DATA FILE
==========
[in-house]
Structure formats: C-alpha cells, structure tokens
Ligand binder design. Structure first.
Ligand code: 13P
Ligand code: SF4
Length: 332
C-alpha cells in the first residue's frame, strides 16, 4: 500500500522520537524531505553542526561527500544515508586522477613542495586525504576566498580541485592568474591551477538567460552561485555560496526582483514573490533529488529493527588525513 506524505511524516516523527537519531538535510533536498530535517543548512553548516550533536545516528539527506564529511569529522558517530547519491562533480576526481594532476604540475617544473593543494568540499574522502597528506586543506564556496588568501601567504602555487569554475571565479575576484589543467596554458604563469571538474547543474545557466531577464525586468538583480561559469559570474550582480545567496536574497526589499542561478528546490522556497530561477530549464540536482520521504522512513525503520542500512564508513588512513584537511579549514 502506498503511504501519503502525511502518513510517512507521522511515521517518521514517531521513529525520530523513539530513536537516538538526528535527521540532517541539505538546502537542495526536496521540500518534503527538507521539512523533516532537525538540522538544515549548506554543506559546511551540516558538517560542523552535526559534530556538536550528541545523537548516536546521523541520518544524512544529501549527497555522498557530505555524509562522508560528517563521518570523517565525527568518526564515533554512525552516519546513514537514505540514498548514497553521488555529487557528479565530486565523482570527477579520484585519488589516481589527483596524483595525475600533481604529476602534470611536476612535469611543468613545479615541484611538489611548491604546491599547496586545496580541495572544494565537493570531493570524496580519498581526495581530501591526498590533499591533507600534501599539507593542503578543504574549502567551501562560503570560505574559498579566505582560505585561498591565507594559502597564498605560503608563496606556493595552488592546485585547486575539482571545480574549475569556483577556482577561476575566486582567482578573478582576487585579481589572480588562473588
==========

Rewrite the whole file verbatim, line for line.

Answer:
[in-house]
Structure formats: C-alpha cells, structure tokens
Ligand binder design. Structure first.
Ligand code: 13P
Ligand code: SF4
Length: 332
C-alpha cells in the first residue's frame, strides 16, 4: 500500500522520537524531505553542526561527500544515508586522477613542495586525504576566498580541485592568474591551477538567460552561485555560496526582483514573490533529488529493527588525513 506524505511524516516523527537519531538535510533536498530535517543548512553548516550533536545516528539527506564529511569529522558517530547519491562533480576526481594532476604540475617544473593543494568540499574522502597528506586543506564556496588568501601567504602555487569554475571565479575576484589543467596554458604563469571538474547543474545557466531577464525586468538583480561559469559570474550582480545567496536574497526589499542561478528546490522556497530561477530549464540536482520521504522512513525503520542500512564508513588512513584537511579549514 502506498503511504501519503502525511502518513510517512507521522511515521517518521514517531521513529525520530523513539530513536537516538538526528535527521540532517541539505538546502537542495526536496521540500518534503527538507521539512523533516532537525538540522538544515549548506554543506559546511551540516558538517560542523552535526559534530556538536550528541545523537548516536546521523541520518544524512544529501549527497555522498557530505555524509562522508560528517563521518570523517565525527568518526564515533554512525552516519546513514537514505540514498548514497553521488555529487557528479565530486565523482570527477579520484585519488589516481589527483596524483595525475600533481604529476602534470611536476612535469611543468613545479615541484611538489611548491604546491599547496586545496580541495572544494565537493570531493570524496580519498581526495581530501591526498590533499591533507600534501599539507593542503578543504574549502567551501562560503570560505574559498579566505582560505585561498591565507594559502597564498605560503608563496606556493595552488592546485585547486575539482571545480574549475569556483577556482577561476575566486582567482578573478582576487585579481589572480588562473588